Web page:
Adrian Lane
Asaf Sirkis
Zen Land

A Guide For Reason
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Hafdís Bjarnadóttir
David Chesky
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Max Corbacho
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Döring & Korabiewski
Benjamin Finger
Gore Tech
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Ayn Inserto
Terje Isungset
Adrian Lane
Valentina Lisitsa
Branford Marsalis Quartet
Multicast Dynamics
O'Donnell with Kent
Yui Onodera
Onodera & Bondarenko
Prefuse 73
Steve Roach
Rothenberg and Erel
R. Schwarz
Stetson and Neufeld
Satoshi Tomiie
Gareth Whitehead
Zen Land

Compilations / Mixes
Francesco Tristano

EPs / Cassettes / DVDs / Mini-Albums / Singles
Four Hands
Heights & Worship
My Home, Sinking
Prefuse 73

Valentina Lisitsa: Plays Philip Glass
Decca Records

There always seems to be new Glass material being issued, but the past few months have witnessed the release of an uncommonly large number of piano recordings. Earlier this year, one-time Bang On A Can All-Star Lisa Moore released Mad Rush, followed not long after by Bruce Brubaker's own Glass Piano. Valentina Lisitsa joins that august company with her own take on the composer's material, this one a double album set of solo piano works that betters the other two for being the most comprehensive of the group. Though the Kiev, Ukraine-born pianist might confess to a special affinity for Rachmaninoff and Beethoven, she's clearly no slouch in the minimalism department, as attested to by this recording and a previous one dedicated to the music of Michael Nyman (2014's Chasing Pianos).

In the recent textura review of Glass Piano (here), it was the delicacy of Brubaker's touch that was identified as the thing that most differentiated his recording from the Solo Piano set Glass himself released in 1989. As it turns out, Lisitsa's playing is as delicate as Brubaker's, and both bring the lyrical dimension of Glass's music into sharp relief (by way of illustration, consider Lisitsa's gentle rendering of “The Truman Show: Truman Sleeps” and The Hours' pensive “Tearing Herself Away”).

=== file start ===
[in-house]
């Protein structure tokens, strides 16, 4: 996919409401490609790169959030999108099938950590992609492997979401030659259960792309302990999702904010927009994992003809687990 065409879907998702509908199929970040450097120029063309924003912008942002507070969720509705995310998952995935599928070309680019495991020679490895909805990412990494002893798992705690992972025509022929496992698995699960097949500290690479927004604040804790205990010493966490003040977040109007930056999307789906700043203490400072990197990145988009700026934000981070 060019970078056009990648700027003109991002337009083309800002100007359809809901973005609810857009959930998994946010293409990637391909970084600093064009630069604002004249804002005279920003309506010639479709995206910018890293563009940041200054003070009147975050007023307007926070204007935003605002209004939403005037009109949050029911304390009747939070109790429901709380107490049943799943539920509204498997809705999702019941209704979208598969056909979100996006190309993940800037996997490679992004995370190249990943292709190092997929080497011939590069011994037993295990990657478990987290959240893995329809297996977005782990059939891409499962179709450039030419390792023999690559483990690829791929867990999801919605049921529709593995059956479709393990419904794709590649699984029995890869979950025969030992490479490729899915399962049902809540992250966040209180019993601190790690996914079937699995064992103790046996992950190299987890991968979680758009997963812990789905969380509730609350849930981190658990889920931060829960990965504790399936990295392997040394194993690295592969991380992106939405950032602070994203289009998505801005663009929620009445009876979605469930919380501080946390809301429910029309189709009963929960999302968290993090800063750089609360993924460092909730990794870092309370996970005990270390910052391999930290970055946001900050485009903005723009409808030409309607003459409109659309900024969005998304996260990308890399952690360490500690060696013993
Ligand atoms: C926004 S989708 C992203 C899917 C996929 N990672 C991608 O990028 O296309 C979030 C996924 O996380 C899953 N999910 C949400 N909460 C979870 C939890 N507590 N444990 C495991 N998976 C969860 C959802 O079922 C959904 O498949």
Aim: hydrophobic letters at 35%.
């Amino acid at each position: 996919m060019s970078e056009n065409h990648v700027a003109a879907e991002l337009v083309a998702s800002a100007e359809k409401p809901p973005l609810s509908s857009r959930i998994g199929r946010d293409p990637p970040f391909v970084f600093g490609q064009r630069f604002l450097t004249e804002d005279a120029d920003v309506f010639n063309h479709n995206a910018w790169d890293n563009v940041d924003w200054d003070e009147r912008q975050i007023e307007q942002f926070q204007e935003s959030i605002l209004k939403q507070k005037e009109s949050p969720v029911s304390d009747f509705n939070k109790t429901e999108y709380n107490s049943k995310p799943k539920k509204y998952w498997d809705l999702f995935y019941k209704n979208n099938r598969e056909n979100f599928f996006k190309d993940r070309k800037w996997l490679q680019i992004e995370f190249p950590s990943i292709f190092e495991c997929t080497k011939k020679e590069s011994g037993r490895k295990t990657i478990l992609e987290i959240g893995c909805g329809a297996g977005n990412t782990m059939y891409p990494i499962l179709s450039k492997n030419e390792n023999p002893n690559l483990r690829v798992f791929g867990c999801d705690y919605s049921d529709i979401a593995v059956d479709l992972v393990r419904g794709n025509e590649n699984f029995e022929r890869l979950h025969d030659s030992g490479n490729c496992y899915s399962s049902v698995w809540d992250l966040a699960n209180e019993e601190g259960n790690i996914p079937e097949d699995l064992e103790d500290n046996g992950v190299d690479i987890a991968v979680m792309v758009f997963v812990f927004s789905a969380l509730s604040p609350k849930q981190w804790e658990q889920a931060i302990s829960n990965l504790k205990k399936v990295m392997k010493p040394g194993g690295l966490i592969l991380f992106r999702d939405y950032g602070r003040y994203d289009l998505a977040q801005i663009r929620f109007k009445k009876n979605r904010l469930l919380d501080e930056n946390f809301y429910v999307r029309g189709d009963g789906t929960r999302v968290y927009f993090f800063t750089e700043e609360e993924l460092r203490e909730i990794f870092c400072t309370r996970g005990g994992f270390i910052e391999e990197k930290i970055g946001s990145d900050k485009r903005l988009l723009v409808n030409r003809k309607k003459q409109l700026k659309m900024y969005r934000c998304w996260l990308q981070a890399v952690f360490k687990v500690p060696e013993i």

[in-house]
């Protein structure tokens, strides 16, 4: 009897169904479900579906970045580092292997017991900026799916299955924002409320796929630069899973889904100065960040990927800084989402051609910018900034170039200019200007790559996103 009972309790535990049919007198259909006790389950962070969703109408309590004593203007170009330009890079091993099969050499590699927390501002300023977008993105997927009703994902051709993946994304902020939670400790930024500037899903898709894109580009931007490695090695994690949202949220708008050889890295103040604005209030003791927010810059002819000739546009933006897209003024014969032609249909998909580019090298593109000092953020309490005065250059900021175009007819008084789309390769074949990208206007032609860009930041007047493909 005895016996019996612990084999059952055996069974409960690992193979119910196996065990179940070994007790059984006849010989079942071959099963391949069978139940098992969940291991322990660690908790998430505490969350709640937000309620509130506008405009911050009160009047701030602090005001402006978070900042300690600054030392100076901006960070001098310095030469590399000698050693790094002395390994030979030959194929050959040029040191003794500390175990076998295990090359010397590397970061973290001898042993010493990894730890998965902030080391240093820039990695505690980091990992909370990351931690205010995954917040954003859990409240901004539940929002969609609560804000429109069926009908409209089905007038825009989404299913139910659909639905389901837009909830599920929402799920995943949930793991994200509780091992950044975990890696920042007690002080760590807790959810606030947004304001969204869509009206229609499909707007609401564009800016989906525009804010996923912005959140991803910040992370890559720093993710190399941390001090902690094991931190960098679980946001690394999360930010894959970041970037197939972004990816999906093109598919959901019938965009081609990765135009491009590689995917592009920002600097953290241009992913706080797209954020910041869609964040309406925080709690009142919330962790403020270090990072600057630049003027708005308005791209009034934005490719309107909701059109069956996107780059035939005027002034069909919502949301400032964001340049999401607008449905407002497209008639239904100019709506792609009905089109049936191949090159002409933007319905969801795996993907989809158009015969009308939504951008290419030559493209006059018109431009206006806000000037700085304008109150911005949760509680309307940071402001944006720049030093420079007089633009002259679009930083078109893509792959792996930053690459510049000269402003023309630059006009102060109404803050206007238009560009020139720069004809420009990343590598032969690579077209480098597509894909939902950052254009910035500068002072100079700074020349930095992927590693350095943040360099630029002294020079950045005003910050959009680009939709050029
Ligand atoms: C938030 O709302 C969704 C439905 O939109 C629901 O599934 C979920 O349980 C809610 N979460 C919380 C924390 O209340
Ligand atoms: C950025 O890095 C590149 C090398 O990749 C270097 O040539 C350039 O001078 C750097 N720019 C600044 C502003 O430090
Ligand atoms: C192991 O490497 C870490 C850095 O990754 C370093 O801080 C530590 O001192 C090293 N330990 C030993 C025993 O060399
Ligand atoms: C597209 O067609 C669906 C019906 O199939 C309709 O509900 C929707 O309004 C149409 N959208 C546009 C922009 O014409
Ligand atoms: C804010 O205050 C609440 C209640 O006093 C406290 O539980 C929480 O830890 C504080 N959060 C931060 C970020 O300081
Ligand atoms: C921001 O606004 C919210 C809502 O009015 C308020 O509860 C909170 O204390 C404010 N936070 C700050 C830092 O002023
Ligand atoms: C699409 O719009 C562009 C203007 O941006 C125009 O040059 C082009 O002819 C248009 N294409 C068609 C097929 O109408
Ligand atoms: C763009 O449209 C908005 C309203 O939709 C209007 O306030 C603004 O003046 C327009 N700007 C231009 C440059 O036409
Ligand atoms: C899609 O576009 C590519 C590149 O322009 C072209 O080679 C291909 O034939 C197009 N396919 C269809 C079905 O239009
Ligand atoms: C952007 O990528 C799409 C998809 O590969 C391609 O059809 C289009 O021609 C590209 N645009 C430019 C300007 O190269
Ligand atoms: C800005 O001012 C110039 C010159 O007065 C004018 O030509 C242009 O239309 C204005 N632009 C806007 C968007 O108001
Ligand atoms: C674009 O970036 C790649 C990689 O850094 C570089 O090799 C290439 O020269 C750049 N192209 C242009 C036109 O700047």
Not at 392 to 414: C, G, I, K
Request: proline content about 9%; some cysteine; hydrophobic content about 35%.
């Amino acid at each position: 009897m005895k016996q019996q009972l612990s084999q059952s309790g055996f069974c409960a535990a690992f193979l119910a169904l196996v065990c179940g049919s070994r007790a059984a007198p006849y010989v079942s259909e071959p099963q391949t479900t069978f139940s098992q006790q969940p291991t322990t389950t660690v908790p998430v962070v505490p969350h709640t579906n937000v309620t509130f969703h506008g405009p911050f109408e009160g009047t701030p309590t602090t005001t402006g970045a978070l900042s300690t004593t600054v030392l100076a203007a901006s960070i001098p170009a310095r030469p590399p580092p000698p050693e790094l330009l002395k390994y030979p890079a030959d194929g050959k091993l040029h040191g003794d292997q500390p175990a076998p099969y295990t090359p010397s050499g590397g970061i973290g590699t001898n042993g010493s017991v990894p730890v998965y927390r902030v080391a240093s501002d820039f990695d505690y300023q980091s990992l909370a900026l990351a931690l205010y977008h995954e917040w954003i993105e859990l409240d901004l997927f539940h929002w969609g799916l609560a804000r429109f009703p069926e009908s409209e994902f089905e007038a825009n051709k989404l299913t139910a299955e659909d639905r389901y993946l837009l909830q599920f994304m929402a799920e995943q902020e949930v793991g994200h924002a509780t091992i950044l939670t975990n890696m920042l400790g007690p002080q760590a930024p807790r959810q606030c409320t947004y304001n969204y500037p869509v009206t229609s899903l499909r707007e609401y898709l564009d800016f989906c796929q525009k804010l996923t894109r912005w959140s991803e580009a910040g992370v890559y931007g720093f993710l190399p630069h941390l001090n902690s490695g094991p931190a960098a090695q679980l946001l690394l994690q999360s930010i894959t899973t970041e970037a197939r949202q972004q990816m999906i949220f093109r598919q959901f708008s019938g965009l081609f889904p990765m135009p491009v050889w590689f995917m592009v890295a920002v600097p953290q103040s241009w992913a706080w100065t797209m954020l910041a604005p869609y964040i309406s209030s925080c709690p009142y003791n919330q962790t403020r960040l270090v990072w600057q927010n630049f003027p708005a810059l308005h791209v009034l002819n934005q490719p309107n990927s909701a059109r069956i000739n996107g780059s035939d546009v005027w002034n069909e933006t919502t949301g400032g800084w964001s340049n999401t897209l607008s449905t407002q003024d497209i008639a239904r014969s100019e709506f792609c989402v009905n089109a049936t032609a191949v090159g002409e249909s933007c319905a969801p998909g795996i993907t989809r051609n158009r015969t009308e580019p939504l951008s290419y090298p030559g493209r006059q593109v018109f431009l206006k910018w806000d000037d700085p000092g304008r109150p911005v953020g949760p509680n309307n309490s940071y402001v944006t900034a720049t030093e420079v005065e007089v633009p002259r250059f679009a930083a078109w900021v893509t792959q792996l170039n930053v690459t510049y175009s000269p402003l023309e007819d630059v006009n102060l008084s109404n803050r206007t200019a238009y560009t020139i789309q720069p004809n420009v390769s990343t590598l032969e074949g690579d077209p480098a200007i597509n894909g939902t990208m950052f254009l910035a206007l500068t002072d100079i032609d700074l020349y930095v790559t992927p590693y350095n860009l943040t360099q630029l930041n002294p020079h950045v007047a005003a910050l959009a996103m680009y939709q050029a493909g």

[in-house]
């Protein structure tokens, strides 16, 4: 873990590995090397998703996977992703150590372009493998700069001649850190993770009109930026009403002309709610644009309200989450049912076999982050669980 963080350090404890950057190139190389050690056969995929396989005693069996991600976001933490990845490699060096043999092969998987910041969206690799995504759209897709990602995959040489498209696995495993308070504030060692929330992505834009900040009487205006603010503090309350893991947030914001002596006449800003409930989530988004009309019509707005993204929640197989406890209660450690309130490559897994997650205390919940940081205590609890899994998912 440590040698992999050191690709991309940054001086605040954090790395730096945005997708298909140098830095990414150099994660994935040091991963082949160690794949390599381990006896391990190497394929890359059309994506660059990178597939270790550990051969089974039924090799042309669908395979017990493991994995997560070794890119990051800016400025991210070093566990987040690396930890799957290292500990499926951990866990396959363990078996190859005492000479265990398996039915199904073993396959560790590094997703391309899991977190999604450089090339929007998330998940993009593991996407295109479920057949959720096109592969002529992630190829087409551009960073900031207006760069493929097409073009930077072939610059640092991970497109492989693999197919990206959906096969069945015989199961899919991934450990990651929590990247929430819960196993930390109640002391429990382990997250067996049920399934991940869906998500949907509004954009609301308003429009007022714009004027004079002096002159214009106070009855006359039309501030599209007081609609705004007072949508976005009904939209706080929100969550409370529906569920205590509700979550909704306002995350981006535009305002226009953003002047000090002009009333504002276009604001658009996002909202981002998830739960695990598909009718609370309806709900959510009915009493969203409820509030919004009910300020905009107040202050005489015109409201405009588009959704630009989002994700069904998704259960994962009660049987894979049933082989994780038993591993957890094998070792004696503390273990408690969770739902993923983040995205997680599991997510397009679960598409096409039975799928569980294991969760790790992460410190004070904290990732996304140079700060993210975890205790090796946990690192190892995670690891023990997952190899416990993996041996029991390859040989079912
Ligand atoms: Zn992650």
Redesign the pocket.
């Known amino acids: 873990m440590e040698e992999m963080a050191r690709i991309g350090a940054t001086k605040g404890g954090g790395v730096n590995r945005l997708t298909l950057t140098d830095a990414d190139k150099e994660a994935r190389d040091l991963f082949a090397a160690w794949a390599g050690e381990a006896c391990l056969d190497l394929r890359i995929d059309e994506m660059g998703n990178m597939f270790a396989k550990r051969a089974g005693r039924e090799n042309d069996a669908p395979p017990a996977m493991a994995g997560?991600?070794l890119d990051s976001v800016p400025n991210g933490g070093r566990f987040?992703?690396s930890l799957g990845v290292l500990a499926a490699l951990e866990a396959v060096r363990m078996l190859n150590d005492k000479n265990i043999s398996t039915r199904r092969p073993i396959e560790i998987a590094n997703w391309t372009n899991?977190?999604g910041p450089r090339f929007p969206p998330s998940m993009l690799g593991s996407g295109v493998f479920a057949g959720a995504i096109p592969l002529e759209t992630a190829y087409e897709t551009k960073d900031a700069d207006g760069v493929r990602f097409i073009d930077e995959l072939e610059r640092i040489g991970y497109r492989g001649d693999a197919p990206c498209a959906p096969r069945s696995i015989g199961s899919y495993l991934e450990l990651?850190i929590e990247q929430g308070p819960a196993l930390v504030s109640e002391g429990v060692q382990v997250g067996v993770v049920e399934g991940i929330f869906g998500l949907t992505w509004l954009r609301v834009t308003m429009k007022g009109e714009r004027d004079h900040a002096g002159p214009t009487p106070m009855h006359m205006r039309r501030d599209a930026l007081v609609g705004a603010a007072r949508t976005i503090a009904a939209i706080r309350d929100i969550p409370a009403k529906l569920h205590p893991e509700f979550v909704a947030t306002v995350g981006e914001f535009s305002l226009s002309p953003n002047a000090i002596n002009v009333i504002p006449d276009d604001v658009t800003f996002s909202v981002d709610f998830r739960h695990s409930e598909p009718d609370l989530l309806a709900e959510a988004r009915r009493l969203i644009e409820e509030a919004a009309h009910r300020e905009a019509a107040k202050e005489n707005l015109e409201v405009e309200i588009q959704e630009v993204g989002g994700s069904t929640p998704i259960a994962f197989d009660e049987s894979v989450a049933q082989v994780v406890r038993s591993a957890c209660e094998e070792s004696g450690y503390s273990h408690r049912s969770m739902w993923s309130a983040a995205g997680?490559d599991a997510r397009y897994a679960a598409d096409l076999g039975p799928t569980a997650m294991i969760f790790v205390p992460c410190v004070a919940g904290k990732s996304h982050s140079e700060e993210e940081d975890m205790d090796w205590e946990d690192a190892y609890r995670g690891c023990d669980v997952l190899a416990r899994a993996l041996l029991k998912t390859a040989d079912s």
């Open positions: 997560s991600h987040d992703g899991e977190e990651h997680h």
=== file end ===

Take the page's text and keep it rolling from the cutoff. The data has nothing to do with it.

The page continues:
If there's one thing that helps set Lisitsa's treatment of Glass's music apart, it's her exquisite handling of tempo, specifically the graceful manner by which his patterns slow down and accelerate under her command. Her playing of “Morning Passages” from The Hours, for example, alternates between a peaceful lilt and an energized charge, as if designed to reflect the transition from awakening to engagement with the day's activities. Similar modulations are executed as fluidly in the other pieces from The Hours, among them “Something She Has to Do,” “Choosing Life,” and “Dead Things.”

The recording is thoughtfully sequenced, beginning as it does with, naturally, “Opening” from 1981's Glassworks and ending with “Closing,” part of the soundtrack material Glass composed for Paul Schrader's Mishima. Lisitsa covers some of the same ground as Moore and Brubaker, with her set, like theirs, featuring stellar performances of the oft-dazzling “Mad Rush” (at sixteen minutes, the album's second-longest piece) and the haunting, five-part “Metamorphosis,” and a spirited rendering of “Wichita Vortex Sutra,” the music Glass wrote for Allen Ginsberg's anti-war poem, also appears.

One surprise is the presence of “Olympian,” the official music Glass composed for the 1984 Olympics, but the thing that most distances her recording from the others is the inclusion of a 1968 work by Glass, “How Now,” a half-hour setting whose obsessive repetitiveness—so emblematic of his initial style—will likely challenge listeners with a preference for the concision of the pieces in The Hours soundtrack and on Glassworks. Though “How Now” is an early work, it's not without interest, and it's easy to identify parallels between its ascending runs and the rapid vocal patterns Glass worked into Einstein On the Beach. Lisitsa never falters in her rendition of the piece, and though it is admittedly long and repetitive, she still manages to imbue the material with delicacy and lyricism. Put simply, as an encompassing overview of Glass's music, piano-based or otherwise, Lisitsa's superb set is a hard one to beat.

June 2015